IDEA: External Tools as a Run Configuration?

Try the Run Configuration For External Tools-plugin.

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The idea of an empty run configuration type is also provided by Batch Scripts Support– or BashSupport-plugin. So if you already use one of the bash plugins, you do not need my plugin.

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IDEA: Build your own Tomcat integration for the free IntelliJ IDEA Community Edition

If you are using the free Community Edition of IntelliJ IDEA you probably noticed that there is no Tomcat support. The integration is included only in the commercial Ultimate Edition.

If won’t buy a license for whatever reason, you still can create some basic Tomcat integration even in the free IDEA Community Edition.

How to start the Tomcat from within the IDE?

Create an ‘External Tool’ configuration for the Tomcat
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The command is catalina jpda run to start the tomcat in debug mode at the default port 8000.

Now the Tomcat can be started from several places within the IDE

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and even the output of the process is printed to its run console.

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Tip: If you want the External Tool to be integrated as a Run Configuration please checkout the other post and plugin.

How to start a debug session for started Tomcat?

Create a run configuration which starts a remote debugging session at localhost:8000

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Switch to ‘Logs’ tab and configure that the log files are also integrated2017-06-04_13h04_52.png

After starting the run configuration, the debugger is attached to the Tomcat and the log files of the tomcat are shown within the IDE.

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How to deploy a WAR file from a Maven based webapp to the Tomcat?

The steps are to run mvn war:war first to create the WAR and then to copy it to the webapp directory of the Tomcat.

One approach is to create a ‘Maven’ run configuration with the commandline: war:war org.codehaus.mojo:wagon-maven-plugin:upload-single -Dwagon.fromFile=FULL_PATH_TO_WAR_FILE -Dwagon.url=file://FULL_PATH_TO_TOMCAT\webapps\ (Don’t forget to change placeholders!)

This creates the WAR file and copies it to the Tomcat via the wagon-maven-plugin.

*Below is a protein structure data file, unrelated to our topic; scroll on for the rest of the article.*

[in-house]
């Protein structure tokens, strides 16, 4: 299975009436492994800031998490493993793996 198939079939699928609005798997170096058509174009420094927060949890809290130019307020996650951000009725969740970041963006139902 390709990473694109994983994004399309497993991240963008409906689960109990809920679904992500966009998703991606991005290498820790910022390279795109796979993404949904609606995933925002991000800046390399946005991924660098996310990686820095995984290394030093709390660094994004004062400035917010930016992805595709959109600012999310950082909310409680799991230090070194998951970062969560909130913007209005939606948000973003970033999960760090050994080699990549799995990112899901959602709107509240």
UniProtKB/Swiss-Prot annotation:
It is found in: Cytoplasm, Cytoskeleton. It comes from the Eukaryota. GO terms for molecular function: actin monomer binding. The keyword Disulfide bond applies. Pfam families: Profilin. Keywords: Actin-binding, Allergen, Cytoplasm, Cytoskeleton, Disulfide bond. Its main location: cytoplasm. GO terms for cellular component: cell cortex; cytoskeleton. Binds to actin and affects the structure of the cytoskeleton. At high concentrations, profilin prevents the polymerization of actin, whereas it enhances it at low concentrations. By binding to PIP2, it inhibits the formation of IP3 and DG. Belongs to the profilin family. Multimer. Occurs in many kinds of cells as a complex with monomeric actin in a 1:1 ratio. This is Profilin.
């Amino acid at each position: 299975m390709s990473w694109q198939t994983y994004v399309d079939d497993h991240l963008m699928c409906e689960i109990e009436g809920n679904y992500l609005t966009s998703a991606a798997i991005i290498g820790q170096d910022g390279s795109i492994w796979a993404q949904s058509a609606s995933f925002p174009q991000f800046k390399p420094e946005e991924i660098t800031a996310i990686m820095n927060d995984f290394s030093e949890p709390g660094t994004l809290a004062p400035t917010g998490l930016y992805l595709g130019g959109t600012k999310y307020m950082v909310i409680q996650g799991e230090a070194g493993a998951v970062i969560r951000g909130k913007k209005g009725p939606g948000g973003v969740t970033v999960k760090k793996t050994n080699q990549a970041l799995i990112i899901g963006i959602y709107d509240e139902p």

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Other approaches could be:

  • Create a batch script (which invokes maven and copies the WAR), integrate it as an ‘External Tool’ configuration OR
  • Use the remote synchronizer plugin OR
  • Integrate an Ant target to copy the file OR
  • … more ideas at stackoverflow or here

Alternatives

IDEA: ‘Find duplicated classes in classpath’ plugin

In legacy projects sometimes a Java class (with the same fully qualified name) exists in several projects. If you combine these projects, you will never know, which class is used at runtime. It is like Maven dependency hell.

So I wrote a plugin to find out duplicated classes in the classpath. Get it here https://plugins.jetbrains.com/plugin/9663-find-duplicates-inspection, but do not expect much support from me (because it is only a proof-of-concept).

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NetBeans: How to simplify copy/paste Java code from online tutorials

Some months ago I created a small useful NetBeans plugin, which allows to you to save time when pasting code samples from online tutorials. Today I used it again and I still find it very useful in this specific context. And it saves you time. That is why I want to report about it.

What is the feature? You can copy the Java source code of whole classes from a tutorial and paste it via Menu|Edit|Paste to new file. Either the package declaration of the Java class is taken in account or the Java class is placed in the correct package. This depends on the selected node and it is documented included screencasts at https://github.com/markiewb/nb-paste-to-new-file.

That sounds familiar? Yes, this feature already exists natively in Eclipse JDT and Intellij IDEA.

Give it a try, when using NetBeans! Happy coding.

BTW: I am still looking for maintainers for my plugins! Because of time issues, I will not bugfix nor implement features anymore. Support your favorite IDE and by contribution to your favorite plugin!

PasteToNewJavaFile

How to see HTTP session content using PSI Probe?

You could use PSI Probe.

Drop probe.war into the webapps folder of your Tomcat, open the probe context in the browser (f.e. localhost:8080/probe) and at “Applications|/MYCONTEXT|Sessions|/SESSIONIDXYZ” you can see the session content of session SESSIONIDXYZ of the context MYCONTEXT.

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